While this may seem like a daunting task, there are steps both individuals and institutions can take to revitalize the global food system and reduce overall meat production. Our own food choices can help combat climate change. Shifting to a plant-based diet can drastically reduce greenhouse gas emissions, as is found in numerous studies including this one performed by scientists at Stanford University and the University of California, Berkeley. In fact, according to a study by Yale University, by switching from the average western diet to a plant-based diet, people can cut their diet-related greenhouse gas emissions in half. Even if some people cannot go fully vegetarian or vegan, adopting a reducetarian diet, one that reduces consumption of animals and animal products without eliminating them completely, is a tangible step we can take in the right direction.

Individuals cannot eradicate factory farming alone, however. Governments can do their part by preventing existing factory farms from expanding, regulating factory farms to ensure they are safer for the climate and our health, eliminating exceptions for factory farms in environmental laws, switching subsidy and incentive programs from supporting meat and dairy to supporting a plant-based food system with less farmed animals overall, and supporting small farmers. Senator Cory Booker (D-NJ) has even introduced the Farm Systems Reform Act, which calls for a ban on factory farming by 2040 and wants to ensure access to affordable and nutritious food for all by reforming our food system. The act includes support for farmers to make this transition, which could also be aided by organizations like Solutions from the Land, as they work to reduce their emissions while continuing to produce and sell goods.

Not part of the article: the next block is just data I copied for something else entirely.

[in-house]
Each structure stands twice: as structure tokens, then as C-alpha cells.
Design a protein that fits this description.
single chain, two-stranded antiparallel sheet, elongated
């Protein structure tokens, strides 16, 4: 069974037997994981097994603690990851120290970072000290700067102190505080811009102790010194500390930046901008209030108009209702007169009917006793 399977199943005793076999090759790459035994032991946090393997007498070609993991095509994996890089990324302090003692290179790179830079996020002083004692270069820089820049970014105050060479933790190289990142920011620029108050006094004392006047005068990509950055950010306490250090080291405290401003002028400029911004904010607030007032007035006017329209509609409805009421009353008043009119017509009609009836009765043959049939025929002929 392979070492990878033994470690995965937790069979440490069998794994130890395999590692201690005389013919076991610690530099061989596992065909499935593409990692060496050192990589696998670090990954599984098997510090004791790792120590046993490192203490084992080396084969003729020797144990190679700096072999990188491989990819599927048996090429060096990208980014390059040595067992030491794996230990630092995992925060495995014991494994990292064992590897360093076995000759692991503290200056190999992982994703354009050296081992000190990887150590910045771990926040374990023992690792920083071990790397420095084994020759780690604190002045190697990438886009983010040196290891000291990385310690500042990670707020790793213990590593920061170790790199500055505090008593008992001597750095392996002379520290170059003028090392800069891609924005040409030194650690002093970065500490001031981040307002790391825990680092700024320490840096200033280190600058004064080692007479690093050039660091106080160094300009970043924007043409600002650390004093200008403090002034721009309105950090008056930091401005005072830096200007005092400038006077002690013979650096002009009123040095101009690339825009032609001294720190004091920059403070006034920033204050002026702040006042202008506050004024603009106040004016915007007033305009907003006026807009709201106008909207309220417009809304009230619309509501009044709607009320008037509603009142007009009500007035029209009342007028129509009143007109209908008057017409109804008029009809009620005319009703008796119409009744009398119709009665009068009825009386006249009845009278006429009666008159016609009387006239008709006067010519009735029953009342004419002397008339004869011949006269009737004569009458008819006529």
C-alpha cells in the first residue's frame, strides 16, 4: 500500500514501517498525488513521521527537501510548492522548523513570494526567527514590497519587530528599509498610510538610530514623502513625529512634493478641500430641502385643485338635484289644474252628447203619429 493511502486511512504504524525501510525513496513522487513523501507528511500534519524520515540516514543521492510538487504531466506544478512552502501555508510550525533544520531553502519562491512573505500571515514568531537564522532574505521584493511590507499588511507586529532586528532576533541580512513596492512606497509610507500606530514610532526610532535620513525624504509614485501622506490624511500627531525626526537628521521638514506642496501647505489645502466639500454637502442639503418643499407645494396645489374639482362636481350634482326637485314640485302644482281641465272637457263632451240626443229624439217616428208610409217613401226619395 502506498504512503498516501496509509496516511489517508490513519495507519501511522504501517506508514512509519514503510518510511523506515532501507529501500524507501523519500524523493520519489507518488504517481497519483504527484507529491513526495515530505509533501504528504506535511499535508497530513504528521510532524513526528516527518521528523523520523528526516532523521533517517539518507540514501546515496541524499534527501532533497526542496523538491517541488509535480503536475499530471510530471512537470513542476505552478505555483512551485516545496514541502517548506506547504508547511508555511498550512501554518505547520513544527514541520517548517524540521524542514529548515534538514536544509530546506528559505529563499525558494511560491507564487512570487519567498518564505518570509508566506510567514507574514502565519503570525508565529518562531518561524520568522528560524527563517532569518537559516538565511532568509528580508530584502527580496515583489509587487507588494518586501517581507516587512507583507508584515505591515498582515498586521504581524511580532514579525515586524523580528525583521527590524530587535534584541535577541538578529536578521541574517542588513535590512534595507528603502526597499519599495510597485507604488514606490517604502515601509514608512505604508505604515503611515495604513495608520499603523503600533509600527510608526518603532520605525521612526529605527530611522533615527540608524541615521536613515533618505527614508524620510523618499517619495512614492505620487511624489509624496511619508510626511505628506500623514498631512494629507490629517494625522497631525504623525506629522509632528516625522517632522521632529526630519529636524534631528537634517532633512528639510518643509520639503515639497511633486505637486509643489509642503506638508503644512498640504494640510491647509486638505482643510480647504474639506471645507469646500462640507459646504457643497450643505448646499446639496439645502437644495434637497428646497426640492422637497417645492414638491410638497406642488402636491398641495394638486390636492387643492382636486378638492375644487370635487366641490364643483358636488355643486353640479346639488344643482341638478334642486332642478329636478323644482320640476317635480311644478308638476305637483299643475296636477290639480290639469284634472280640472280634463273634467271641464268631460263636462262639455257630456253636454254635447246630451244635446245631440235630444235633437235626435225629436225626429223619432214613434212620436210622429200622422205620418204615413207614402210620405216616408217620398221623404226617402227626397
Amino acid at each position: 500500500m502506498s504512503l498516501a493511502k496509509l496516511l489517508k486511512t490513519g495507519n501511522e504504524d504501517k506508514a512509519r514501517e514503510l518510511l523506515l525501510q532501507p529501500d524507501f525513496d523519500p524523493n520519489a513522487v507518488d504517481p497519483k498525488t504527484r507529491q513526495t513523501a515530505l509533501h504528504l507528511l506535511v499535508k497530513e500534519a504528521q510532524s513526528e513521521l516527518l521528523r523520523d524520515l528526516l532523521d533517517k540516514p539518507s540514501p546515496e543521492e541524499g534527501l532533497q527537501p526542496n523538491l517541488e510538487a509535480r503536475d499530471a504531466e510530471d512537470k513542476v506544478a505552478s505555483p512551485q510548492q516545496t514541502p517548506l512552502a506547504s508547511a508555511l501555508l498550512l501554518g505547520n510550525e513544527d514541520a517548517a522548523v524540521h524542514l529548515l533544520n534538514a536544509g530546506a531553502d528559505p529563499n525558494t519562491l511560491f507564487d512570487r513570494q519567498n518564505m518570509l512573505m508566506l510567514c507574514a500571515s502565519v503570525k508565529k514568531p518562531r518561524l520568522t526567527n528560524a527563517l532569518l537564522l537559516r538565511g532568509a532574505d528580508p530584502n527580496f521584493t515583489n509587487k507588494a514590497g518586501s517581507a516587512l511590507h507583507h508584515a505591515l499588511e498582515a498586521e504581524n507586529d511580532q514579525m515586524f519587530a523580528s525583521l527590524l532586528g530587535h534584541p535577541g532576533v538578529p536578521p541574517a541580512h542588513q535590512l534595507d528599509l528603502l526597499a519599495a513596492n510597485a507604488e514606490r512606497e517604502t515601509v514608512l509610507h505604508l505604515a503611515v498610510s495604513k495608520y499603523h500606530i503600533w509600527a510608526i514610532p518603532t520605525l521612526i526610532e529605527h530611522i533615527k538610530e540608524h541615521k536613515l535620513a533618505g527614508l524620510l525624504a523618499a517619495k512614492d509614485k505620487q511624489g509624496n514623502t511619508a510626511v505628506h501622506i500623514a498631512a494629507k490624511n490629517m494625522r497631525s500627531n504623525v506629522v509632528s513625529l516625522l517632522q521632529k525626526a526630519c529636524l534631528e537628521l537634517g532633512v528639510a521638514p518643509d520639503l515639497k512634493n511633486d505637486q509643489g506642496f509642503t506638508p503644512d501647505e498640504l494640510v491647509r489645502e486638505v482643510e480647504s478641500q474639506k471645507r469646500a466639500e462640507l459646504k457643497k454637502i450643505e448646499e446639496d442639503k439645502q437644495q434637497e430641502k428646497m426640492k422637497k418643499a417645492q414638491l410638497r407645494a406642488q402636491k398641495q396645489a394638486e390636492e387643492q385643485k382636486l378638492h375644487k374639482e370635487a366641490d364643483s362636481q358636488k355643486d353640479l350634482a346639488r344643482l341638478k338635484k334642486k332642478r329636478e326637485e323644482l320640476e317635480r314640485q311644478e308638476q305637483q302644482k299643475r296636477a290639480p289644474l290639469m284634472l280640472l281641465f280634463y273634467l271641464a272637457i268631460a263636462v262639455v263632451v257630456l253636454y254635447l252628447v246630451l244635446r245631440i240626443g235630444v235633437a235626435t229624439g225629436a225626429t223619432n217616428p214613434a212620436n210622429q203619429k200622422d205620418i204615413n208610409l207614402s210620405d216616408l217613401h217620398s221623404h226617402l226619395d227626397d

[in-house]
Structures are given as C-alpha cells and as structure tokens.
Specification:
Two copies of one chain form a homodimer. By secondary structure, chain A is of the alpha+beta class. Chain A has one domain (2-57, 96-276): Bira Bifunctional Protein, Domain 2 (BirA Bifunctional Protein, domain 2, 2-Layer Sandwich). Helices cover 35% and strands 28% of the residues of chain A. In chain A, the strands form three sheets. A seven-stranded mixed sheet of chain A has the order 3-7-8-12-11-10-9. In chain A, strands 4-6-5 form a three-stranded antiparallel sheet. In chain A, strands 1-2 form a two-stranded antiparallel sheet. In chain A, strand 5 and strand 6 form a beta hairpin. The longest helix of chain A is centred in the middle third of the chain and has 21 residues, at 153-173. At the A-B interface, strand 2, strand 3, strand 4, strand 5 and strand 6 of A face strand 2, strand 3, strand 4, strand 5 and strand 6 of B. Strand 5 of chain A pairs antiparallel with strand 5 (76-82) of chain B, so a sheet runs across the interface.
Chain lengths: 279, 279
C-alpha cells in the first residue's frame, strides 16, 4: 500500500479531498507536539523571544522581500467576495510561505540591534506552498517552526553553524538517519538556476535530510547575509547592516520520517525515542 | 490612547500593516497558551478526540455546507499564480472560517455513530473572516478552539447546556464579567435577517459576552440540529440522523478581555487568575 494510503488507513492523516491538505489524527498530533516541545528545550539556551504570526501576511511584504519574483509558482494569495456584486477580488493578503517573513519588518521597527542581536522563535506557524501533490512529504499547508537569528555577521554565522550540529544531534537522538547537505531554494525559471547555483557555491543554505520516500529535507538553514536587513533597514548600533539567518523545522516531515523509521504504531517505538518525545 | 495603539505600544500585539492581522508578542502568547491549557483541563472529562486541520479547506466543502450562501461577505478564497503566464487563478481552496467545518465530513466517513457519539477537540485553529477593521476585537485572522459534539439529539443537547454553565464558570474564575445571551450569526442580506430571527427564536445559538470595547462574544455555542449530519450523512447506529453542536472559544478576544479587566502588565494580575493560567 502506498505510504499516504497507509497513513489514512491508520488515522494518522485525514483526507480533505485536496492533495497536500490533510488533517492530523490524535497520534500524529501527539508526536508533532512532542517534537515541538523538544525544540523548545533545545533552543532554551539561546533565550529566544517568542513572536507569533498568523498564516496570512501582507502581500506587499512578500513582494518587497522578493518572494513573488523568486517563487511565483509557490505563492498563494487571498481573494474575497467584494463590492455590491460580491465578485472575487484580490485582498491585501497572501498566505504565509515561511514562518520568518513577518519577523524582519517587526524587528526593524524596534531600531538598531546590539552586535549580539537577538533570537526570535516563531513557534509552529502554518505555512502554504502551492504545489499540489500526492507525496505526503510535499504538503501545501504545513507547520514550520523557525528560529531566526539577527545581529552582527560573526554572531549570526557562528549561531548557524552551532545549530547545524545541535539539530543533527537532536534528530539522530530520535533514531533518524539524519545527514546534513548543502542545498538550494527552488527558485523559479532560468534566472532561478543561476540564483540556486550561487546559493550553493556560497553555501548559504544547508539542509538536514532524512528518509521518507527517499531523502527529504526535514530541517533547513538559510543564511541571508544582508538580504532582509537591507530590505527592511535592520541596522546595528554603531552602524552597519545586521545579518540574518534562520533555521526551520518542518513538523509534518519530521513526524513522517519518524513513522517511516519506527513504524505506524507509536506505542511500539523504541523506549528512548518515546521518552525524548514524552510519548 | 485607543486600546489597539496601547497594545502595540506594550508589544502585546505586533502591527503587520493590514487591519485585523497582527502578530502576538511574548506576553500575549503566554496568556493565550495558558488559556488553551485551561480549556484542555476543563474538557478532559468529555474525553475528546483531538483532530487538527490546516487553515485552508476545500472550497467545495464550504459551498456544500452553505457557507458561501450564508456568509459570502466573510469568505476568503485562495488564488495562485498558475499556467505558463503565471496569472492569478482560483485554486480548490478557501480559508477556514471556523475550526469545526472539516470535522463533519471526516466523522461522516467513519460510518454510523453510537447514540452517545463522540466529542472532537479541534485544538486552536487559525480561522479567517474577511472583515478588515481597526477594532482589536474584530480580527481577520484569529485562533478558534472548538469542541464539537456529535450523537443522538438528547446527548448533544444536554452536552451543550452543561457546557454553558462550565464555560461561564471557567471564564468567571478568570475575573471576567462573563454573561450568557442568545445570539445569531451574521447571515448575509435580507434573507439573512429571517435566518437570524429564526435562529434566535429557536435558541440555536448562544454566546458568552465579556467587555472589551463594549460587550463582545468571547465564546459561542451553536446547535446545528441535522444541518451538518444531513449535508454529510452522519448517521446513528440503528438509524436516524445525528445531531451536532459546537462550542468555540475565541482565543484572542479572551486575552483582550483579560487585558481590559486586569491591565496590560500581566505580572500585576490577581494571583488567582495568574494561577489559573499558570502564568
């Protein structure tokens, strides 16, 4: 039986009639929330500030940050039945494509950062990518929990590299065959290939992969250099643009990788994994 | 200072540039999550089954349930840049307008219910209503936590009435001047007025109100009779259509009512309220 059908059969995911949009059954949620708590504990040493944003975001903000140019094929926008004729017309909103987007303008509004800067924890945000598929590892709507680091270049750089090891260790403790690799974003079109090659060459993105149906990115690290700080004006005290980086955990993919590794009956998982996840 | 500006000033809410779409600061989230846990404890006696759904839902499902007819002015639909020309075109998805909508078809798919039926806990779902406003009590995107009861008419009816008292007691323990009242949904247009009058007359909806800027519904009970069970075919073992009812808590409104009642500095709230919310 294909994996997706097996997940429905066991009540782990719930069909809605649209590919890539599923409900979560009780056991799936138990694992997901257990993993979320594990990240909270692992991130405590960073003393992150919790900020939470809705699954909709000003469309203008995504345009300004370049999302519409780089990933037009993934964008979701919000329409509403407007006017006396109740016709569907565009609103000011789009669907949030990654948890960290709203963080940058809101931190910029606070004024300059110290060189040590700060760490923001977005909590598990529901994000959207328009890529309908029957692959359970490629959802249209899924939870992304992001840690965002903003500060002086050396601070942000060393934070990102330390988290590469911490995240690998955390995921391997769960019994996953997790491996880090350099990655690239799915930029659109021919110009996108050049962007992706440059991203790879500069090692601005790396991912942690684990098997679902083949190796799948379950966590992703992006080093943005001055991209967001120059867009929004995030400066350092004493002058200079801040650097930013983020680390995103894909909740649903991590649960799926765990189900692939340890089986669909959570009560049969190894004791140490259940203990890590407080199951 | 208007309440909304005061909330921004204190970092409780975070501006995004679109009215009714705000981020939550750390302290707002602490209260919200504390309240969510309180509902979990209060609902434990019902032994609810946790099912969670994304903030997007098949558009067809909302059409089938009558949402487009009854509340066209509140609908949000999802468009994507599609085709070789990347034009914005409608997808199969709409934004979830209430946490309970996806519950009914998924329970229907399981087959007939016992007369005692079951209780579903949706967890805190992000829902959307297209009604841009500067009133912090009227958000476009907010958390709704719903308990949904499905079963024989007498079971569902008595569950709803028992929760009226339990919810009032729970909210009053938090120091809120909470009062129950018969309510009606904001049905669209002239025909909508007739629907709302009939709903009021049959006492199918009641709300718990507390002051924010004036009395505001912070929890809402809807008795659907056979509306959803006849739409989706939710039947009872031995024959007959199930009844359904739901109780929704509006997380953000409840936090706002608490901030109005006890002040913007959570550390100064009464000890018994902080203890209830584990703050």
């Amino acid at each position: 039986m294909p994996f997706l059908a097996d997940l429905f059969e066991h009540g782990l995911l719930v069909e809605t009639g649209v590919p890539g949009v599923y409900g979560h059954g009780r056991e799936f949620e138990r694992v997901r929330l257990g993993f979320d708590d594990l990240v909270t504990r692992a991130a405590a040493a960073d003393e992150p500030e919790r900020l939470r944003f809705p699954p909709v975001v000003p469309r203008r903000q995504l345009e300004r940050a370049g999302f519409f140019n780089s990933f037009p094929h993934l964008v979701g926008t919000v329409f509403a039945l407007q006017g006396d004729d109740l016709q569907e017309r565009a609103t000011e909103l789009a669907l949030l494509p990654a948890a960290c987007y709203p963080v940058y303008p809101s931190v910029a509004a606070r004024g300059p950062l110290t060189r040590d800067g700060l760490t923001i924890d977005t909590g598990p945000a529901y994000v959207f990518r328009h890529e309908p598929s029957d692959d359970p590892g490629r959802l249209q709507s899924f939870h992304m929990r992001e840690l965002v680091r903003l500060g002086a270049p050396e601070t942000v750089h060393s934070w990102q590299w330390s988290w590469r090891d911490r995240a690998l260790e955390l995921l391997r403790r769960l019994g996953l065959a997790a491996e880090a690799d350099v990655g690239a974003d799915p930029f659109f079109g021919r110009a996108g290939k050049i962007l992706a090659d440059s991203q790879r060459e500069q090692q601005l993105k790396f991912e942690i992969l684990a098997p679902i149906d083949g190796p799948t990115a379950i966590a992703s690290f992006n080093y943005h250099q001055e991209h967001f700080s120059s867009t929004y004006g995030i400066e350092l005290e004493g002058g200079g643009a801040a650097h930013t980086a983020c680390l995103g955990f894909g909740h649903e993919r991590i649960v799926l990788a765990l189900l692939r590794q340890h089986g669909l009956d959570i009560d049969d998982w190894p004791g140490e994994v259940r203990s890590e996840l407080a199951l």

Updating Our Transportation System

We can reduce our emissions from this sector by opting for transportation that either does not require fossil fuels or requires less fossil fuels than traditional modes of transportation. For example, driving an electric car, biking, using an electric scooter, and walking do not require gasoline or diesel. Taking public transportation, carpooling, driving a hybrid car, or using other fuel-saving modes of transportation are effective ways to reduce greenhouse gas emissions if completely eliminating them is not an option.